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United Nations Daily Highlights, 04-10-12
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From: The United Nations Home Page at <http://www.un.org> - email: email@example.comARCHIVES
HIGHLIGHTS OF THE SPOKESMAN'S NOON BRIEFING
BY STEPHANE DUJARRIC
SPOKESMAN FOR THE
OF THE UNITED NATIONS
UN HEADQUARTERS, NEW YORK
Tuesday, October 12, 2004
COTE D'IVOIRE: ANNAN URGES UNCONDITIONAL
IMPLEMENTATION OF PEACE PROCESS
Secretary-General Kofi Annan is concerned at the deteriorating security situation in Côte dIvoire, in particular the attacks against the Sector East offices and staff of the UN Operation in Cote d'Ivoire (ONUCI ) in Forces Nouvelles-controlled areas.
In a statement, the Secretary-General strongly appealed to all Ivorian parties to desist from any action that could aggravate the situation in the country. He expects the Ivorian authorities and political forces to demonstrate restraint from violence and fulfill without delay their responsibilities with regard to the full and unconditional implementation of the peace process.
press release, the UN mission reported violent demonstrations on Monday in Bouaké, which targeted the business district, the Headquarters of UN peacekeepers in Sector East, as well as the UN military observers office. It also said that faced with an increasingly threatening crowd, the UN peacekeepers, under order to show the utmost restraint, fired warning shots in the air. At no time did any UN military personnel aim at civilians.]
ANNAN, IN MESSAGE READ OUT TO AFGHAN PEOPLE, CONGRATULATES THEM
ON IMPRESSIVE ELECTION PARTICIPATION
The Secretary-General today warmly congratulated the men and women of Afghanistan on their impressive participation in last Saturdays elections.
In a message read out on Afghan television and radio by his Special Representative, Jean Arnault, the Secretary-General said that the long walks the Afghan people made to the polling stations were a heart-warming demonstration that democracy is firmly taking root in their country.
He also congratulated the national security forces and the 120,000 Afghans who served as polling staff. He noted allegations of irregularities and said, Rest assured that they will be fully clarified.
The Secretary-General concluded by congratulating the Afghan people for their patience, resilience and civic maturity.
SECURITY COUNCIL WELCOMES ELECTIONS IN AFGHANISTAN
The impressive participation in the Afghan elections augurs well for the Afghan journey towards democracy, Assistant Secretary-General for Peacekeeping Hédi Annabi told the Security Council today.
In an open briefing, Annabi said that the elections were in most ways a well-run operation, with a high turnout and no major security incidents. The only serious problem was the improper use of indelible ink by some polling officials, a problem which he said was identified and resolved within the first hours of polling.
He noted that presidential candidates were to submit their detailed complaints about the elections by this evening, with a three-member panel to investigate them fully. Annabi said that the process of counting ballots is expected to continue for some two to three weeks.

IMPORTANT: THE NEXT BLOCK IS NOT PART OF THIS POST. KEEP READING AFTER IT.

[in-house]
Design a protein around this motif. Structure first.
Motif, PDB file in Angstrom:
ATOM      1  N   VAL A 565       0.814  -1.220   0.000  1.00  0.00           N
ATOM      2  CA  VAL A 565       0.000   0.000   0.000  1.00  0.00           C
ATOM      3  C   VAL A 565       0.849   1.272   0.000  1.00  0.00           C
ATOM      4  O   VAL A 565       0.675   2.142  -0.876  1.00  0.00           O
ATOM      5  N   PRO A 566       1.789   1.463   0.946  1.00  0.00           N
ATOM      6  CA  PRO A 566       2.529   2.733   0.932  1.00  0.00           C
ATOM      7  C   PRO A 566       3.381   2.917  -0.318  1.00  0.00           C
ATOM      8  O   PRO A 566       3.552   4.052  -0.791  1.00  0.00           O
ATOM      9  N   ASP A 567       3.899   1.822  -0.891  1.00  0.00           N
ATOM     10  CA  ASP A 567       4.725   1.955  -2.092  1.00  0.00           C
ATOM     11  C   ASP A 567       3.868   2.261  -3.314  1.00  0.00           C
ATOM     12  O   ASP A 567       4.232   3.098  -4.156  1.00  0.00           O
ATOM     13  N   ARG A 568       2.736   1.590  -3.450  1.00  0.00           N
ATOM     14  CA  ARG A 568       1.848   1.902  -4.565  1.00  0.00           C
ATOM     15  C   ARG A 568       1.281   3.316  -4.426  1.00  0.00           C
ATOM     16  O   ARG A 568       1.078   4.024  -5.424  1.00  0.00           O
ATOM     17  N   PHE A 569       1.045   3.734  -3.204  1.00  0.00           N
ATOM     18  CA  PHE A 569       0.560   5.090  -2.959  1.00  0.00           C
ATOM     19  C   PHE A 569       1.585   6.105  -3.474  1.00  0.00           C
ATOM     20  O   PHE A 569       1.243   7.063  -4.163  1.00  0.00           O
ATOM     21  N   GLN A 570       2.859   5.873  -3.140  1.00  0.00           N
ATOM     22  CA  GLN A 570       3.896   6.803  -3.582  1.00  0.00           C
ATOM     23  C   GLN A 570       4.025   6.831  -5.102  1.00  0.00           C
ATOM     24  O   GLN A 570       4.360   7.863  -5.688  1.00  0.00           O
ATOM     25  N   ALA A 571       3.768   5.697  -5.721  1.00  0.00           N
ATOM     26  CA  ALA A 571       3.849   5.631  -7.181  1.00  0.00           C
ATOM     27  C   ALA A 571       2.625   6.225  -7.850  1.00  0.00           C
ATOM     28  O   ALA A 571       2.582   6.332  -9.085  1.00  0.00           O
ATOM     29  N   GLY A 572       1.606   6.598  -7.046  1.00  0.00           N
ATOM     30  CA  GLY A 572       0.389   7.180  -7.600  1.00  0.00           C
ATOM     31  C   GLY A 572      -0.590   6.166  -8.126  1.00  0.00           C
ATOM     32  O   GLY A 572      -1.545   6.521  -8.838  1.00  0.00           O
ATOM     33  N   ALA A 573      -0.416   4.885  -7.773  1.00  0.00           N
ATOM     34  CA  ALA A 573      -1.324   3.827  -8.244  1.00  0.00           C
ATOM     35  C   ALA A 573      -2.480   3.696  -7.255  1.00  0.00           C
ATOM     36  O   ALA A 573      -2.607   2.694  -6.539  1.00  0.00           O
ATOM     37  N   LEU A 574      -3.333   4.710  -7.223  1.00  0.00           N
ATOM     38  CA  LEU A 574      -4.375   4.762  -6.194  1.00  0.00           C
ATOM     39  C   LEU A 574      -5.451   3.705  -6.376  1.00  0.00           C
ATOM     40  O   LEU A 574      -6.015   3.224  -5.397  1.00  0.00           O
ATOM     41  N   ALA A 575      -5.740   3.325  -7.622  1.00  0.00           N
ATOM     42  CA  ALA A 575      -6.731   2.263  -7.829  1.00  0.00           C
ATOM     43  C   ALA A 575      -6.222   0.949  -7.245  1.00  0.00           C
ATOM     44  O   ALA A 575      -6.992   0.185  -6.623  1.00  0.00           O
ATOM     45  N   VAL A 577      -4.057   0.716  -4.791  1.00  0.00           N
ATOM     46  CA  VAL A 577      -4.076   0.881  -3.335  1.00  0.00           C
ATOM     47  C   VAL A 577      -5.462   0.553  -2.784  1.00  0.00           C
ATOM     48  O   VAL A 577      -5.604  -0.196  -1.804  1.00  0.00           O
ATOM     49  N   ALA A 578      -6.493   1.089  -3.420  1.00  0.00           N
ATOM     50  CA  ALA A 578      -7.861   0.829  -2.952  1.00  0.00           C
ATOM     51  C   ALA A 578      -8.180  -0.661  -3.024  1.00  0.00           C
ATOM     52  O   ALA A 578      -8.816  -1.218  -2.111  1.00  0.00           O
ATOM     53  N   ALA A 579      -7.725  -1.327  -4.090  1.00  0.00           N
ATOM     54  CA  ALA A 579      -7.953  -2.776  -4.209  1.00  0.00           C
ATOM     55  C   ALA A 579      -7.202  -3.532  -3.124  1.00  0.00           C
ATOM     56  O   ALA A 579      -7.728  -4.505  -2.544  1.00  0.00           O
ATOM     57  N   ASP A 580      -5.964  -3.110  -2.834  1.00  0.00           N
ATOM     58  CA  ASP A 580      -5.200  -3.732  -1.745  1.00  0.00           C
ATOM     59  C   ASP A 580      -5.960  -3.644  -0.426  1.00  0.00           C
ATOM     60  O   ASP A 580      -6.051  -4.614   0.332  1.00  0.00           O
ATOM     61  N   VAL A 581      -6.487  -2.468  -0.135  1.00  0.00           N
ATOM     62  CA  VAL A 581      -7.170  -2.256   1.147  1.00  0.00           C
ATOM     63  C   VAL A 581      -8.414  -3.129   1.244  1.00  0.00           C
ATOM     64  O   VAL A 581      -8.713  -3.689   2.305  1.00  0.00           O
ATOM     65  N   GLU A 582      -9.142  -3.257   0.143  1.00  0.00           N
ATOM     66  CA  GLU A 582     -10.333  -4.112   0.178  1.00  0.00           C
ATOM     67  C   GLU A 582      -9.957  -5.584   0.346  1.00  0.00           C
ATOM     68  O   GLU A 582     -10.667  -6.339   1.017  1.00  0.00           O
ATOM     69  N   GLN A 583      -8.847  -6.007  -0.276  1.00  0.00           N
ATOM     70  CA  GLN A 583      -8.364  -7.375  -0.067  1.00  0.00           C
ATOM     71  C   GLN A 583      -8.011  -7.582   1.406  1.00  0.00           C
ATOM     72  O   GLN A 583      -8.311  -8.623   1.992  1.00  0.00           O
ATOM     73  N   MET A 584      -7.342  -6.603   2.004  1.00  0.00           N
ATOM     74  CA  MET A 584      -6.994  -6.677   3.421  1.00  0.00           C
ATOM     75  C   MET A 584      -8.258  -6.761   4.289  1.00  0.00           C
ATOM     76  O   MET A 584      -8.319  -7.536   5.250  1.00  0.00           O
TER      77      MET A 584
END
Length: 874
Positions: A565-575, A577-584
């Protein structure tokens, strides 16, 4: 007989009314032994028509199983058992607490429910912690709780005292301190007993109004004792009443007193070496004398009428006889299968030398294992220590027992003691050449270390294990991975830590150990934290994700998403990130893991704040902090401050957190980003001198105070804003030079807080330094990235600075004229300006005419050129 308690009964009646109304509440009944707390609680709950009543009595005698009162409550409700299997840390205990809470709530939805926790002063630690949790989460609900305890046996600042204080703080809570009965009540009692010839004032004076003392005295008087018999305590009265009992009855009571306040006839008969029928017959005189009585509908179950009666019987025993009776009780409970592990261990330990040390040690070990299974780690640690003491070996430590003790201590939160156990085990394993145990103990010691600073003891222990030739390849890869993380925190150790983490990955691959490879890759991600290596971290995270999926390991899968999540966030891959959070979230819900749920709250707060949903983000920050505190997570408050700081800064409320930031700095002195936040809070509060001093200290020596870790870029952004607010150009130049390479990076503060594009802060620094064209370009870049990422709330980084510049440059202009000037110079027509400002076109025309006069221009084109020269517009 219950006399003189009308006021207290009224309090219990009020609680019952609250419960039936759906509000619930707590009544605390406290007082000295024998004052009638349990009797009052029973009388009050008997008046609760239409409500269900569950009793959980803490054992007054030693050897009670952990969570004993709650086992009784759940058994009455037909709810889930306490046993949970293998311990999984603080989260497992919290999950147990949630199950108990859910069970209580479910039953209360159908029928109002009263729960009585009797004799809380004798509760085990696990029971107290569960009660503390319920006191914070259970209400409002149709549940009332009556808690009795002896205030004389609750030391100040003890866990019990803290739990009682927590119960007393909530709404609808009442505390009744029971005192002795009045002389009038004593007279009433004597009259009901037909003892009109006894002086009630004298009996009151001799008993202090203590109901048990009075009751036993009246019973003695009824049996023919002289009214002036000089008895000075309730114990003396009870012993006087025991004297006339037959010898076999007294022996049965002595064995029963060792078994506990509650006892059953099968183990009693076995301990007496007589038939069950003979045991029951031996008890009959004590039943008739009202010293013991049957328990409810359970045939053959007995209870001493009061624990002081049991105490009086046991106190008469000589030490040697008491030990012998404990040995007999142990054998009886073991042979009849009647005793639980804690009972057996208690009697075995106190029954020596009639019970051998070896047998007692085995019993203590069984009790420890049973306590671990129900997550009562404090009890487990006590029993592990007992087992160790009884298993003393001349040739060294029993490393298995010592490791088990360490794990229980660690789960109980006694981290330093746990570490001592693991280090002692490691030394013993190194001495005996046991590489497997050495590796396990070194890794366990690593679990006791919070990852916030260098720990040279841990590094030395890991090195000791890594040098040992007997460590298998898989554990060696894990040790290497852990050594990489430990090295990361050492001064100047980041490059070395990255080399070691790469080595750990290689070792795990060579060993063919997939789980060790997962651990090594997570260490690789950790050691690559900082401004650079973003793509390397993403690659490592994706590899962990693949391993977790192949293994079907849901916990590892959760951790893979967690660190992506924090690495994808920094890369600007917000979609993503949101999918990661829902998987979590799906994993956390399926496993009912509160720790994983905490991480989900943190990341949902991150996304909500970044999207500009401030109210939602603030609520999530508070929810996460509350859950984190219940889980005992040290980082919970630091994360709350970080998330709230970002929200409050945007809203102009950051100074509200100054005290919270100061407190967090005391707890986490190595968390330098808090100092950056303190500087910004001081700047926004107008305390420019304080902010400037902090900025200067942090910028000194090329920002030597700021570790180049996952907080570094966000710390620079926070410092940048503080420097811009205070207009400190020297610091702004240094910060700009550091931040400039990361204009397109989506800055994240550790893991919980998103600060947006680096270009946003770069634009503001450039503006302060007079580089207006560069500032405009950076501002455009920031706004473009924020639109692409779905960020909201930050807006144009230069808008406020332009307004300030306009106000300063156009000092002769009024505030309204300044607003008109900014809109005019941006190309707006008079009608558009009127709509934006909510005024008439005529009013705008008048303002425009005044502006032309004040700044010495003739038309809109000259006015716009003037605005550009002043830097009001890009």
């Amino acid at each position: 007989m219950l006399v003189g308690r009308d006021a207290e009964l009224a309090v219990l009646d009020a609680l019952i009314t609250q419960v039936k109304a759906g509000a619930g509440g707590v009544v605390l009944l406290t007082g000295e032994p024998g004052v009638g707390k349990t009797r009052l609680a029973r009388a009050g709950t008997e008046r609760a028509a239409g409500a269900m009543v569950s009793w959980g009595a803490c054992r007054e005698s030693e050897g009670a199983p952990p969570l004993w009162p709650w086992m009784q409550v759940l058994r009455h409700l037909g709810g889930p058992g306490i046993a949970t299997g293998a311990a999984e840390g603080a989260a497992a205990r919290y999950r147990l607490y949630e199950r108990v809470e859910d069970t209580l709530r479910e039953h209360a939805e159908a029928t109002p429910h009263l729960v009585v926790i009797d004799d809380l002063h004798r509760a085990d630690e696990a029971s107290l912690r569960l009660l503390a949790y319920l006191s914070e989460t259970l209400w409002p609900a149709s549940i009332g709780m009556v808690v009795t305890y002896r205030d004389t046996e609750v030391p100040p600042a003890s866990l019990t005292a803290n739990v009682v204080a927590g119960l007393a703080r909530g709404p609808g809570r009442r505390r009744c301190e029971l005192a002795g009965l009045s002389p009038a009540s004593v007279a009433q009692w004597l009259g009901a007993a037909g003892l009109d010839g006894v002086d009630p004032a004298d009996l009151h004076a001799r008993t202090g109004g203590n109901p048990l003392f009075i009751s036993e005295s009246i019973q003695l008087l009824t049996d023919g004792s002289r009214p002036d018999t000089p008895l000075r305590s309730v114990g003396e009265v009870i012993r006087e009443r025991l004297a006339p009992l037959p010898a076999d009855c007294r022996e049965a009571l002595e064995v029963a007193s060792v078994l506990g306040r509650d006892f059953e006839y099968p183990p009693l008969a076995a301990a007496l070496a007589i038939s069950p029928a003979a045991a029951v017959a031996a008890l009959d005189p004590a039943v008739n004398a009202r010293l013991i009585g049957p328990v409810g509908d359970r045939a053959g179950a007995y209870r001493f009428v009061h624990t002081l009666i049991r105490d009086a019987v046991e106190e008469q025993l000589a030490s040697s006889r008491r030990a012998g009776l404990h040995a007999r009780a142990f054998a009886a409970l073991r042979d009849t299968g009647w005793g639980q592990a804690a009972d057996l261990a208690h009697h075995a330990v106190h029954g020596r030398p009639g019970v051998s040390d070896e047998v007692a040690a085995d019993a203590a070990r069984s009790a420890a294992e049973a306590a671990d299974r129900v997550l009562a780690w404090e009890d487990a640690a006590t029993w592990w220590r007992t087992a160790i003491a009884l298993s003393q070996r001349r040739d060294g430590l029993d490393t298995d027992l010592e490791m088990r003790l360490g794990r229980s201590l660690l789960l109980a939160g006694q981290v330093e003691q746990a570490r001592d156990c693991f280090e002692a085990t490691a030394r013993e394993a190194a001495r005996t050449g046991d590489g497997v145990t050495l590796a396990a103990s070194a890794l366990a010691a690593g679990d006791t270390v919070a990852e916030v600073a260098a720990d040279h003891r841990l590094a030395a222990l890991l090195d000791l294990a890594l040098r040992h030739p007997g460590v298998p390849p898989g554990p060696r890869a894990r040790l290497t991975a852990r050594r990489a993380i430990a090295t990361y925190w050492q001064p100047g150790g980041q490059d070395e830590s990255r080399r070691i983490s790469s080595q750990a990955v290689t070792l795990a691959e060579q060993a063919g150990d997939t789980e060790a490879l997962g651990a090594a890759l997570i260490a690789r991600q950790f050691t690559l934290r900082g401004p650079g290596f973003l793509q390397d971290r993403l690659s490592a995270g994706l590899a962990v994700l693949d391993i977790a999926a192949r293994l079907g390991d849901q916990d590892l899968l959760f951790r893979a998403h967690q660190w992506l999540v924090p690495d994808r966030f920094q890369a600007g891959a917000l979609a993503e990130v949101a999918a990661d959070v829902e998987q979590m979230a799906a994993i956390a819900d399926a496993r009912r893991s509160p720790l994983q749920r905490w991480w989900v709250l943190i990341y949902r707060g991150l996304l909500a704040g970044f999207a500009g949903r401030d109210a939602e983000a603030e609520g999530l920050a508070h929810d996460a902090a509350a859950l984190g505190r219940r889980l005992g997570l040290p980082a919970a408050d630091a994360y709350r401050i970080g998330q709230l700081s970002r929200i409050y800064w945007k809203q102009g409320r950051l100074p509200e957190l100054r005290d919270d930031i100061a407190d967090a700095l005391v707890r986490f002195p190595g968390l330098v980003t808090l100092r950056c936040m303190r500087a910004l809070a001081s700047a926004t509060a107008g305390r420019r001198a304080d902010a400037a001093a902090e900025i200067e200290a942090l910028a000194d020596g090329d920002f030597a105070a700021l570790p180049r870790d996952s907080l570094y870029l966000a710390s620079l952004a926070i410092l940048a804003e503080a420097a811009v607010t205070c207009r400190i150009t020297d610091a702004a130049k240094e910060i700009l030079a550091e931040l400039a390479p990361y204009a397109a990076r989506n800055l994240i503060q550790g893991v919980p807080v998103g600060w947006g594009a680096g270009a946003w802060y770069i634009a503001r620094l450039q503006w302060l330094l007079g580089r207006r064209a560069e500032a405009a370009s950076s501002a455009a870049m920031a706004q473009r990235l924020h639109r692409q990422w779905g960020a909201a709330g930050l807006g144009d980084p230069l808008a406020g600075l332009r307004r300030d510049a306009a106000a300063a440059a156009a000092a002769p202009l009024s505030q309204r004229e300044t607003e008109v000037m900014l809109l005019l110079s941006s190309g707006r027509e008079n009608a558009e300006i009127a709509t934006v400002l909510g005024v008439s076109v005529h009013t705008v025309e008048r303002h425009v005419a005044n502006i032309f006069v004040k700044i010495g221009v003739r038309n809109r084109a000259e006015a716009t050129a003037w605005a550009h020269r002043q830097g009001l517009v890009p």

The Security Council then held consultations, followed by a meeting in which it adopted a Presidential Statement welcoming the Afghan elections as historic and congratulating the millions of voters.
The Council urged the Government of Afghanistan to continue to confront the remaining challenges, including security, the timely preparations of parliamentary elections next April, reconstruction, disarmament and the fight against narcotics.
Asked for details about the investigation into the election complaints, the Spokesman said that the candidates had until 6:00 p.m. today, Afghan time, to submit their complaints. That deadline has now passed, and the panels work will now begin.
U.N. HELICOPTER MAKES FORCED LANDING IN AFGHANISTAN
A UN helicopter flying over Badakhshan, Afghanistan, was forced to land this morning because of engine problems. The three crew members and five passengers were forced to land near the village of Patukh, near the Afghanistan-China border.
The eight people are reported to be fine, and not injured, but they cannot be rescued tonight, given the weather conditions and the rugged terrain. They have been provided with warm clothes, food and shelter material, by an air drop, so that they can be taken care of until they are picked up, likely on Wednesday.
ANNAN TROUBLED AS MILITARY ACTION CONTINUES IN GAZA STRIP
The Secretary-General is deeply troubled by the continuing military action and violence in the northern Gaza Strip, with the high toll of death and injuries among the civilian population, according to a statement issued today. He grieves for the many children who have been killed or wounded in these operations.
The Secretary-General is also very disturbed by the destruction of civilian property, infrastructure and agricultural land in the northern Gaza Strip in such operations and calls on the Government of Israel to do the utmost to avoid any harm to Palestinian civilians.
The Secretary-General once again reiterates his deep conviction that there exists no military solution to the conflict, and calls again on both parties to cease all forms of violence and to renew their search for a peaceful settlement of the conflict. He also urges the leadership on both sides to pay far greater heed to their obligations under international humanitarian law to protect civilians in armed conflicts.
CHILD HIT IN STOMACH BY GUNFIRE IN U.N.-FLAGGED GAZA SCHOOL
A child sitting in a UN-flagged school in the Gaza Strip was hit in the stomach by gunfire from an Israeli position today, the UN Relief and Works Agency for Palestine Refugees in the Near East (UNRWA) reported.
The child, an
11-year-old girl, was immediately taken to the hospital, where her condition is currently reported as stable.
The Relief and Works Agency says this is the fourth such incident in less than two years. It has repeatedly called on the Israeli authorities to stop firing at schools.
Asked about the Israeli allegations that a rocket had been stowed away in a UN vehicle, the Spokesman took note of Israeli Prime Minister Ariel Sharons media comments that a stretcher had been mistakenly identified as a Qassam rocket. He said that a UN team, which is in the region to investigate the allegations, will report back to the Secretary-General once it has returned to New York.
ANNAN TOURS PEACEKEEPING CENTER, ECO-VILLAGE IN CHINA
This morning, the Secretary-General toured a peacekeeping training center in Langfang, China. The compound was completed last year for the purpose of training civilian police for UN peacekeeping missions.
He told the 90 Chinese officers undergoing training there, who are preparing to be sent to Haiti, There is great need for your talent, your help and your contribution, and I am sure you will do well in Haiti.